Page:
they will be able to move from stall to stall when then get bigger, allowing us to lock
them in one side of the pens while we clean the other. Which happens often, pigs need to be cleaned
frequently their stalls mucked out and bedding replaced. These pigs will live on the ranch for an average
of 200 days, gaining weight at about a pound and a half per day. By the end of the 200 days we are hoping for
pigs that weight between 270 and 310 pounds. Just like people different pigs have different
metabolism and some will gain weight faster and some will be slower. To help them gain that weight we need to feed
them, obviously, and we do so by buying pig food by the ton. Each bag of food weighs 50 lbs and a ton has
42 bags on it. A pig will eat about 4% of its body weight
in food per day, these little guys will eat less and a half a pound per day but that will
quickly change. As they grow they eat more and over their
entire time here on the ranch each pig will consume about 800 lbs of pig food, for all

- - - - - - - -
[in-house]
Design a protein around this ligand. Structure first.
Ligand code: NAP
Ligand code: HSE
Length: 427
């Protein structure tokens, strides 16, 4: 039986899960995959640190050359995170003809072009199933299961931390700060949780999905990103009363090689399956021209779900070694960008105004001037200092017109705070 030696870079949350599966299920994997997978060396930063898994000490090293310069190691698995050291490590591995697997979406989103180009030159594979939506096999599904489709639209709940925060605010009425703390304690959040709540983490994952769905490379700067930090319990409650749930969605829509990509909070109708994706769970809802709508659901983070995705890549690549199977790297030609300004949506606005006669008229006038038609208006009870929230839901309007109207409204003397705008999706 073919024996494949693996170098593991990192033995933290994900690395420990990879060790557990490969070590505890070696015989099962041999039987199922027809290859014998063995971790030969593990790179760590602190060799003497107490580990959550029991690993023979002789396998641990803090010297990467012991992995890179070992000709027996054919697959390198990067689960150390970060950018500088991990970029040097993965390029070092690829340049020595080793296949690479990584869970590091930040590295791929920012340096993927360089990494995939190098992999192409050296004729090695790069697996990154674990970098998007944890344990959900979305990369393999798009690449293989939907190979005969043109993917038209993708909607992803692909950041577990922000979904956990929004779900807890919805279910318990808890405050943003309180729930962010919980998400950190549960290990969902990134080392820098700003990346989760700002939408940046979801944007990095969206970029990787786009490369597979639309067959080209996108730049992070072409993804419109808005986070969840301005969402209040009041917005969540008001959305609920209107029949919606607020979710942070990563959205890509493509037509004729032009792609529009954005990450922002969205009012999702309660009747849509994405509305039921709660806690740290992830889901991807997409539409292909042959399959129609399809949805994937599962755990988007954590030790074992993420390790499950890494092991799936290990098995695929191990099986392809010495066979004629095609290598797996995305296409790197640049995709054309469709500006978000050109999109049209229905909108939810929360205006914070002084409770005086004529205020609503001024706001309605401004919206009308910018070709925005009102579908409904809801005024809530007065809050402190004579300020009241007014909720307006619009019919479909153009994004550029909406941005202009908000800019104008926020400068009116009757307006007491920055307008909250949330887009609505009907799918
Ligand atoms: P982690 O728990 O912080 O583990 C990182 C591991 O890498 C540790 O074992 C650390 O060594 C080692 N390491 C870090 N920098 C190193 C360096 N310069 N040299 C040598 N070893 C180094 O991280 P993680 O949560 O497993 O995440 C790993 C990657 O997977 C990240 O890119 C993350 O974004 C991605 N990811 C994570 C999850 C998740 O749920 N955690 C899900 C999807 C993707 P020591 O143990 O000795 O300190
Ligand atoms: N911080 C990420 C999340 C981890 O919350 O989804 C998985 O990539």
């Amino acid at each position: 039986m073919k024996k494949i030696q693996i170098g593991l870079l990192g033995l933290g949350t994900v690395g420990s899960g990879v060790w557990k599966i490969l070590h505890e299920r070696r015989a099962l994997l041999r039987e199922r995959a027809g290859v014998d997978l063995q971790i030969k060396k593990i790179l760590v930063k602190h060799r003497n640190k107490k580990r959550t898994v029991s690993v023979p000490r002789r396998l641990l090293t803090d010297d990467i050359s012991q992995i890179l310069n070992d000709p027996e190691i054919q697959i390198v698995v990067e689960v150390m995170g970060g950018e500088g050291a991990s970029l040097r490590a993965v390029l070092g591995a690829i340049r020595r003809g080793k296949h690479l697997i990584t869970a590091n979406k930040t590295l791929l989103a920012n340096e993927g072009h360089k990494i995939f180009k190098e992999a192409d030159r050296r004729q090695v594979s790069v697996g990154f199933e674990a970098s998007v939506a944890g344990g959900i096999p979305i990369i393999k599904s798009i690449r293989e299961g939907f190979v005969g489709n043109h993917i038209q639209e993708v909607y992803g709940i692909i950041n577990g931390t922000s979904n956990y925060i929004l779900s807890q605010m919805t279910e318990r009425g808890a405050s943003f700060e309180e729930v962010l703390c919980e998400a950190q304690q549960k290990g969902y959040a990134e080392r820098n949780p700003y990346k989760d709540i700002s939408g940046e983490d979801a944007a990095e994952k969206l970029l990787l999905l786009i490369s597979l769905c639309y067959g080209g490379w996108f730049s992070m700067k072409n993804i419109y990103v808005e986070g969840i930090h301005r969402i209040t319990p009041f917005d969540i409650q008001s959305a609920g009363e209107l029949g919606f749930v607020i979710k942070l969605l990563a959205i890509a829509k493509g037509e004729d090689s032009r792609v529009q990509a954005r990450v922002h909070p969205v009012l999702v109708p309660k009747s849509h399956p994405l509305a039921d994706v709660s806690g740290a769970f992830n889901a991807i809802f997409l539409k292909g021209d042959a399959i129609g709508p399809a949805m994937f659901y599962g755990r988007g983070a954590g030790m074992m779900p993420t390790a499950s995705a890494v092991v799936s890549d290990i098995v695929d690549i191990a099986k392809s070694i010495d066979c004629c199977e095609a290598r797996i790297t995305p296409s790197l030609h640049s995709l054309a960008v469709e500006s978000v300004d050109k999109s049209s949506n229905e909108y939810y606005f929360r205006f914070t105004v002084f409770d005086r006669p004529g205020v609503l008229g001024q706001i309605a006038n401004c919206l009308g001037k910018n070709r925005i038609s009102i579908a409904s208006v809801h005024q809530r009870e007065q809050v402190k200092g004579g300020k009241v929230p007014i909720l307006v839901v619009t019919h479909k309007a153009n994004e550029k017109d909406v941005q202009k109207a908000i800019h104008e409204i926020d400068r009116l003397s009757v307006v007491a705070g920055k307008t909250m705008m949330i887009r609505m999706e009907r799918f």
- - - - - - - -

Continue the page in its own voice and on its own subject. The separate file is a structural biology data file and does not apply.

seven of them totaling 5600 lbs of food or about 3 tons. More than the weight of an average car. We buy our pig food at a cost of $13.70 per
bag or rate of 28 cents per pound. Over its lifetime each pig will eat 225$ worth
of feed. All together we have 1575$ in feed in the
entire group. Pigs drink water too, however I have never
figured out how much it costs pump water for them at the rate of 3-5 gallons per day per
pig. Another cost that I haven’t figured as well
is my time that I have into the pigs. Each day we spend at least an hour dealing
with them, somedays more, somedays less. From feeding, watering and cleaning stalls,
even entire days, rebuilding stalls or chutes. Over all this time spent with our animals
you do get attached to them, you learn their quirks, you get to know their personalities,
which makes the day that they leave the ranch that much harder. This year we are taking our pigs to Sturgis
Meats. A USDA inspected meat processesing and packaging
facility. Here we can get our pork packaged for sale
to our customers. We offer our pork to customers at farmers
markets and by direct sales. Being usda inspected means that we can sell
our pork by the single piece, one pound of bacon, or a single pork chop. Just like the grocery store. With the pigs dropped off, we can go back
to that question from the beginning, if raising your own animals and sending them to slaughter
gets any easier as the years go by? This is our 3rd year raising pigs, and the
day anyone animal leaves the ranch is hard for me. You see the hard work that you have completed